As a provider of capital, you are either becoming part owner (first case) or a creditor (second case).

The risk in the first case is that the business doesn’t return money or shuts down altogether (so you’re stuck with 10% of a business that’s worth zero). In the second case it’s that debtors aren’t able to repay the money they borrowed.

The upside in the first case is potentially very large (ie this person’s company becomes Apple so your $1000 investment for 10% of the equity is now worth 100 billions), while in the second case is capped to whatever interest rate you e agreed to.

So I would say first you need to decide whether you just want to lend him/her money or if you want to be onboard and involved in his/her enterprising activity.

Cheepnis
Posts: 142
Joined: Mon Dec 31, 2018 11:52 am

Re: What are the mechanics of p2p lending?

Post by Cheepnis » Fri Oct 04, 2019 4:50 pm

Thanks Seppia, that all makes perfect sense in the small scale.

I am not particularly interested in becoming part owner, but let's pretend I was.  If I was 10% owner I would receive 10% of the profits and also presumably put in my 10% worth of labor. The original owner would probably be counting that whatever improvements he could make with the fresh capitol would increase profits enough to offset the 10% he no longer receives.   Down the road I could sell/he could buy back the 10% ownership from me at a profit for me (because the business now has a higher valuation). That all makes sense to me in this small scale example.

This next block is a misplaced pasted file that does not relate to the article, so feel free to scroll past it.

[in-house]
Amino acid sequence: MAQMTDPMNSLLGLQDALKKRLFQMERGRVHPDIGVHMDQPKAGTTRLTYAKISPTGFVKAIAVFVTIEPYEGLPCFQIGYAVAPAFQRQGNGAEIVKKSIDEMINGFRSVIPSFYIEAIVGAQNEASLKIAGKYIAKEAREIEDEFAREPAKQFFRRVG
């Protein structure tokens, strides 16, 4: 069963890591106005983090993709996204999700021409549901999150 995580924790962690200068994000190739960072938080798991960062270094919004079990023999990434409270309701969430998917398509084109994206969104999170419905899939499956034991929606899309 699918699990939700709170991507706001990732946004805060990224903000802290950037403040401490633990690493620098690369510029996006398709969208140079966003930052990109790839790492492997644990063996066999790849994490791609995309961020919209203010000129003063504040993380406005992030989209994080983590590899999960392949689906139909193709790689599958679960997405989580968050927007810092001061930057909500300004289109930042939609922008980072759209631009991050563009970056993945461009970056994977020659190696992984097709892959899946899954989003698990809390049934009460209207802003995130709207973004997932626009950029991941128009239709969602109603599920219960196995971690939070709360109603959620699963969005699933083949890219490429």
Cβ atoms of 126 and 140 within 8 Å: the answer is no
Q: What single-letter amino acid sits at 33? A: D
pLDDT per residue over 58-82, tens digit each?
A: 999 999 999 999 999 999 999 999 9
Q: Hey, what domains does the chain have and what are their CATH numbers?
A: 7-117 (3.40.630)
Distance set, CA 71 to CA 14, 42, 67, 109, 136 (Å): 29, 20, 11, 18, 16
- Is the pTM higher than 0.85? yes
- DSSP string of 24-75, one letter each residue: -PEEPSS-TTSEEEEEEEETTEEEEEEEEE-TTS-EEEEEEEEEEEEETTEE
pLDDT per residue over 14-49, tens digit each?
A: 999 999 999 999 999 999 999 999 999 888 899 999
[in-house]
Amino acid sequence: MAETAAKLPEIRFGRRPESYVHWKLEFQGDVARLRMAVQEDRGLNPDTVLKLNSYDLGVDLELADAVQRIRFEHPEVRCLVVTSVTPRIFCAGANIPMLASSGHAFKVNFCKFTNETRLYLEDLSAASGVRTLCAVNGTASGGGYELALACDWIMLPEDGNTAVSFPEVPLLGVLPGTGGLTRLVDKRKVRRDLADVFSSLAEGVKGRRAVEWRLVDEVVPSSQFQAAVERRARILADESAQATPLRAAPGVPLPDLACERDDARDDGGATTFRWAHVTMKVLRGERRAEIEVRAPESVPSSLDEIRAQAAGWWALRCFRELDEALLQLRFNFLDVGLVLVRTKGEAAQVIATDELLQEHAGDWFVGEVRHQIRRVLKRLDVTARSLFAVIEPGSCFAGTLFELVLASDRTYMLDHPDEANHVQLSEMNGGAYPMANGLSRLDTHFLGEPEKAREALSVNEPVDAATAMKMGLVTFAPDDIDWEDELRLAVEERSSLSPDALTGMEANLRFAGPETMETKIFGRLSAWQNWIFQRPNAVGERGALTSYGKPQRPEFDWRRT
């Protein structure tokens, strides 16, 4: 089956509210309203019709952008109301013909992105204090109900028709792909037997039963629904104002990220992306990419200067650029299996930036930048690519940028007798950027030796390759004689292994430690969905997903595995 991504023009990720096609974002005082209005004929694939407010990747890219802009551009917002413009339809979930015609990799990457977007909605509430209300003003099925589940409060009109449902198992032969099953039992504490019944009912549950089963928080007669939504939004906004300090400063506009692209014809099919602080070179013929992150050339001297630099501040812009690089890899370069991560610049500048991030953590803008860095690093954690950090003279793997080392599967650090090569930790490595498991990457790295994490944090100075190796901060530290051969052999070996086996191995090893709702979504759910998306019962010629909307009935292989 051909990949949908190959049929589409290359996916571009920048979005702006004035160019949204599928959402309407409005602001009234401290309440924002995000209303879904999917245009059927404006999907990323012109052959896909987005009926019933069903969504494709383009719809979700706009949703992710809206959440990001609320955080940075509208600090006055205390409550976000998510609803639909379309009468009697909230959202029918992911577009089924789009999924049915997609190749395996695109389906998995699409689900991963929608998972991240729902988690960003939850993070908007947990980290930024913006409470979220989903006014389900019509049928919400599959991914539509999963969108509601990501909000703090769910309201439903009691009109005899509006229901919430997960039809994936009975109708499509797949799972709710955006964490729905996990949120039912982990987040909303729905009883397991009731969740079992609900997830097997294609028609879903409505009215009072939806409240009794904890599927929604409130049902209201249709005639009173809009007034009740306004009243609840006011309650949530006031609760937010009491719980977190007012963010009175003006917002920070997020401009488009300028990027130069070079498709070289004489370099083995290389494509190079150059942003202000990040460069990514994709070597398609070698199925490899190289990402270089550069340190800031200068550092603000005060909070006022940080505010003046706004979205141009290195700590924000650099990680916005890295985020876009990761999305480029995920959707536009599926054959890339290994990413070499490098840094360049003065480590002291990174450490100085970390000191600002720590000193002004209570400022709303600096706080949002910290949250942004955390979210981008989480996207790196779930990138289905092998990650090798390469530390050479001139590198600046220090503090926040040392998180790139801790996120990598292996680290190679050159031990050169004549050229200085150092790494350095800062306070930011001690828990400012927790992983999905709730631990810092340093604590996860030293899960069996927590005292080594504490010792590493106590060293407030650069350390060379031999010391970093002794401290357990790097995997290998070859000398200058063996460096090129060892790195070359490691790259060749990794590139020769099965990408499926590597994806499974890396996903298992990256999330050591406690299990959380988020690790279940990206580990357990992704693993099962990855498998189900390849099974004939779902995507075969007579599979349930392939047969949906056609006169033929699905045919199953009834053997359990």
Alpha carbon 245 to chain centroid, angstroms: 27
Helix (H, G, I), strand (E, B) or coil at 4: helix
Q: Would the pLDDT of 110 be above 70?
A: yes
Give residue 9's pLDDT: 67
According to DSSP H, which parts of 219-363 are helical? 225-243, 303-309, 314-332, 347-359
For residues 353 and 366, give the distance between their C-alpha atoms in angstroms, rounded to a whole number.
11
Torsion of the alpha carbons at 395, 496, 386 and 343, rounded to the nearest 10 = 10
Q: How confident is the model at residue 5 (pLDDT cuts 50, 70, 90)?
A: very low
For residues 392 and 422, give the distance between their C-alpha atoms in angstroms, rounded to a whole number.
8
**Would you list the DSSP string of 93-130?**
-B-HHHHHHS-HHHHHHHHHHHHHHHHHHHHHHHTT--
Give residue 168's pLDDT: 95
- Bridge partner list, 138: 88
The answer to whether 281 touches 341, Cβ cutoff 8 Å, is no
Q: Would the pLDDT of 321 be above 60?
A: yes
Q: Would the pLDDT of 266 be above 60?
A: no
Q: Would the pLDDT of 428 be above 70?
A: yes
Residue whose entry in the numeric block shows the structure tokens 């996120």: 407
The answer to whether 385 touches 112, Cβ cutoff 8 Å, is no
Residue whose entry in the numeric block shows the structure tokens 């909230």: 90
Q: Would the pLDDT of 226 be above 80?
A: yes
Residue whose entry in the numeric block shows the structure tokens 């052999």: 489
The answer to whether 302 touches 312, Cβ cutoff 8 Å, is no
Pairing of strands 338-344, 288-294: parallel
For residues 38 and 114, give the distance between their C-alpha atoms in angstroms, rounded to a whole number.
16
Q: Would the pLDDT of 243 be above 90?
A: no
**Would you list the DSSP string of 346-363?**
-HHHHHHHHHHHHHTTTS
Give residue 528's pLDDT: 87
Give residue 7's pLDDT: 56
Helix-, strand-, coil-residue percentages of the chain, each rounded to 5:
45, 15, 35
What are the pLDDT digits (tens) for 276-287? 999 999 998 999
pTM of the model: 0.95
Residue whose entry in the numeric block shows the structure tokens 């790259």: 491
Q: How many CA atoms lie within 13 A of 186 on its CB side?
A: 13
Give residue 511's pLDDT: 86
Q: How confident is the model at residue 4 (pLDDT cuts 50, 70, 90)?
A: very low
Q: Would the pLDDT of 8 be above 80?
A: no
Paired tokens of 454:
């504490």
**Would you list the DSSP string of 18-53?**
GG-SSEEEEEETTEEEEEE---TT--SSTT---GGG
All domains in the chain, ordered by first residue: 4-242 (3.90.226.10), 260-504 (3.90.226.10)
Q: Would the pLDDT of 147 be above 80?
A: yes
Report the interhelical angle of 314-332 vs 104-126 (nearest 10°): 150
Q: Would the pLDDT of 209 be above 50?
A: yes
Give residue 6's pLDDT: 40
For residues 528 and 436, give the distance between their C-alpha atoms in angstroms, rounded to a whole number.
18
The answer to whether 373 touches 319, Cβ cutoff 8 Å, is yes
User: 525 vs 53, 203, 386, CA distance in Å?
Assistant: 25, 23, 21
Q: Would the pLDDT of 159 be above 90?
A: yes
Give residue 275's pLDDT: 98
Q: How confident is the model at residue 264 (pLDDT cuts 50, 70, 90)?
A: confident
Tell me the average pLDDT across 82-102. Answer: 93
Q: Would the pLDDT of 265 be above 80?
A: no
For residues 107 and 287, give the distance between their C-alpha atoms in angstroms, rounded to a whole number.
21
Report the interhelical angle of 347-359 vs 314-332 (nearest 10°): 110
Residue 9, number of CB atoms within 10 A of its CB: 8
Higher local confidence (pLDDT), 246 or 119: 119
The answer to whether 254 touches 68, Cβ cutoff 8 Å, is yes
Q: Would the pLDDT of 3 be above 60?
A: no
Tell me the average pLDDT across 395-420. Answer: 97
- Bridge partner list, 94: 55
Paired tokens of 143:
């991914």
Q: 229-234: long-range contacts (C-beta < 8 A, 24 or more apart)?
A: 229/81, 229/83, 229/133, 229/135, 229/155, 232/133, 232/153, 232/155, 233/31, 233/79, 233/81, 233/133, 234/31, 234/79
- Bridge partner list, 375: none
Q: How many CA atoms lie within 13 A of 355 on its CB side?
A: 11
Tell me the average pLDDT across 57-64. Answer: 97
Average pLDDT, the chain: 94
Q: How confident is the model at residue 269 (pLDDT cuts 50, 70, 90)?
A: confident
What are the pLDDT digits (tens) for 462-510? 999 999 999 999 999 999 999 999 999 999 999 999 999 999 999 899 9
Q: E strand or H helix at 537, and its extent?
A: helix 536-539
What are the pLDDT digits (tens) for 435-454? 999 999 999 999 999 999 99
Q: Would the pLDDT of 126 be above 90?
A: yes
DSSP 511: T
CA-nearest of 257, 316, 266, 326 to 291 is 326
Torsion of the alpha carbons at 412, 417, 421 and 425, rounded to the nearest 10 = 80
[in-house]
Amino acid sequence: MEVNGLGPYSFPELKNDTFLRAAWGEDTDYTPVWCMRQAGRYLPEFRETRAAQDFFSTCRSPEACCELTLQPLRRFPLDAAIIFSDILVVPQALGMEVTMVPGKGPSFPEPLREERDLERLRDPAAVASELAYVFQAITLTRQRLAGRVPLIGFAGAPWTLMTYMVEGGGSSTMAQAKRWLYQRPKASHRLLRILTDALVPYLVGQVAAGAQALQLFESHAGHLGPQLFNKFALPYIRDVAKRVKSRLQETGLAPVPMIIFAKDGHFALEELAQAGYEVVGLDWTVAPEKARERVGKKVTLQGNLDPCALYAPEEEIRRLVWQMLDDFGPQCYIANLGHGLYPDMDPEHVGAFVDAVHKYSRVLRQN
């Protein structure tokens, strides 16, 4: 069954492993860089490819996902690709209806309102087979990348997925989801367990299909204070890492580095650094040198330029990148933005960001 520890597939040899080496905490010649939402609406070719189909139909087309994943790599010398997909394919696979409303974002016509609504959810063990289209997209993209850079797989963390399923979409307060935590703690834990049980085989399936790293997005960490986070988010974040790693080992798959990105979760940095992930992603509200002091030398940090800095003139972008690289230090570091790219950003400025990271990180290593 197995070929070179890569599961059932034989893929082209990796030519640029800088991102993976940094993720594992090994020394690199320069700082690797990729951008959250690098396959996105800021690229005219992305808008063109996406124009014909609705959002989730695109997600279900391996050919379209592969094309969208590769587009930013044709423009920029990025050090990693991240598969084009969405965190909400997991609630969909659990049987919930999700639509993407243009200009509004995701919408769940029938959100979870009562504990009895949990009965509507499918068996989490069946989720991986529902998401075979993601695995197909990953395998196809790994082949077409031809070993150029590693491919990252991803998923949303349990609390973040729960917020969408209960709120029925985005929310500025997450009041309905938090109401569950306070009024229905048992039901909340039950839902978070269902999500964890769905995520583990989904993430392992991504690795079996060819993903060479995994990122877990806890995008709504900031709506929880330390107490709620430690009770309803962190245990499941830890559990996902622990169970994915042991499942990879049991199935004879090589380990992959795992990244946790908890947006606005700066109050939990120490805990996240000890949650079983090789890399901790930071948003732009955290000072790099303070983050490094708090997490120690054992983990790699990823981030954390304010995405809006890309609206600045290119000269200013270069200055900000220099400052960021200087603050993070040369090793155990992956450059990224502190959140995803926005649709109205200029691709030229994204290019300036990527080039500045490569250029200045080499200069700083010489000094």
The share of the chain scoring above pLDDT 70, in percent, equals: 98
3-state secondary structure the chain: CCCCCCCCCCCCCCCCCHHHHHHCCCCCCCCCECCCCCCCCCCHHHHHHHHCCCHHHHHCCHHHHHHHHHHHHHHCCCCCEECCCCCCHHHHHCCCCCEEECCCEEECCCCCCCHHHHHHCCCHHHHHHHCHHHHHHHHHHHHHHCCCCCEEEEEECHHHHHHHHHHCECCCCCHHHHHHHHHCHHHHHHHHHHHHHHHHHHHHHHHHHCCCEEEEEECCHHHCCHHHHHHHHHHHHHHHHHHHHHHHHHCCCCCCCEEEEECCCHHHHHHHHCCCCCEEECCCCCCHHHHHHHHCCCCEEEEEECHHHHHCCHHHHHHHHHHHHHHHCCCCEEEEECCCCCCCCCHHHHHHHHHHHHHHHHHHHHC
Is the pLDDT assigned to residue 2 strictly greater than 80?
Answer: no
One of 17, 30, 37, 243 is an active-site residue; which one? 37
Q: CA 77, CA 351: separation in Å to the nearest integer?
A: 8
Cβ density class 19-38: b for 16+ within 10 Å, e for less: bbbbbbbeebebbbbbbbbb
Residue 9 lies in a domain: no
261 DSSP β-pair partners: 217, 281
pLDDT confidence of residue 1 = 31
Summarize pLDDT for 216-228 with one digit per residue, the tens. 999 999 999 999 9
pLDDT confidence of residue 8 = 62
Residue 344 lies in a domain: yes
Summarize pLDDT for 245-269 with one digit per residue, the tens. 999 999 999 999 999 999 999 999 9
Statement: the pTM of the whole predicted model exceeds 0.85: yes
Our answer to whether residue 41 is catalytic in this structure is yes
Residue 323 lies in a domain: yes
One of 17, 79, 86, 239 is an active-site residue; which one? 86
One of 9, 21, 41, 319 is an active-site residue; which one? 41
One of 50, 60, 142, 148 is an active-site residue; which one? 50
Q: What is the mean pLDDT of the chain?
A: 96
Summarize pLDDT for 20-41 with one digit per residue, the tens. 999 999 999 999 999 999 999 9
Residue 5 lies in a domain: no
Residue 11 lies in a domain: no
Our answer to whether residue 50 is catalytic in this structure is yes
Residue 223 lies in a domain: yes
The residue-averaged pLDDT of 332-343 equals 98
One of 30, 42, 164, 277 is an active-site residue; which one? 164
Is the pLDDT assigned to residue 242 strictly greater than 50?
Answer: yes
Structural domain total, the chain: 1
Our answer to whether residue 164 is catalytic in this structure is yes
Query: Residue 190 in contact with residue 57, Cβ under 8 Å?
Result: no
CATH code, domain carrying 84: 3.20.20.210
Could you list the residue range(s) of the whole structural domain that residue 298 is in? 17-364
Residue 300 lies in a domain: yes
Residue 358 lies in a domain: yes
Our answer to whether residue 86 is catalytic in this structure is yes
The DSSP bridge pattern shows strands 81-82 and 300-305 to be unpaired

I become more confused when trying to extrapolate that logic to the stock market. The term equity as you use it is referring to my stake of future profits, correct? I find it somewhat confusing that common stocks are referred to as equities (as you say, a piece of the business) when I couldn't go out, buy $100 shares of Disney stock, walk up and put a sticker reading "Cheepnis" on a seat of Thunder Mountain, strike a Captain Morgan pose, and declare that seat my own. I think there's a term for the fact that owning a piece of the business /= any claim to anything the business actually owns. This all becomes even more confusing if a stock isn't a dividend payer.

This is some 101 level stuff, but seems to me most everybody writing about investing assumes what a stock actually is and why it's worth anything at all is understood. If a stock is in fact a "piece of the business" but it doesn't pay dividends and I'm not entitled to anything the business actually owns, how the heck is it worth anything at all?

I've read quite a few books on the the stock market/investing, as well as most of investopedia and the bogleheads wiki and the picture is still super fuzzy. If I don't think about it too hard most everything makes sense, but the reductionist in me never stops.

anesde
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Re: What are the mechanics of p2p lending?

Post by anesde » Fri Oct 04, 2019 7:35 pm

It’s a matter of scale. If you own $100 of Disney which has a market cap of $230.8B you own an infinitesimal small fraction of the company. You still own it, but given your tiny fraction you don’t command enough to warrant making any decisions.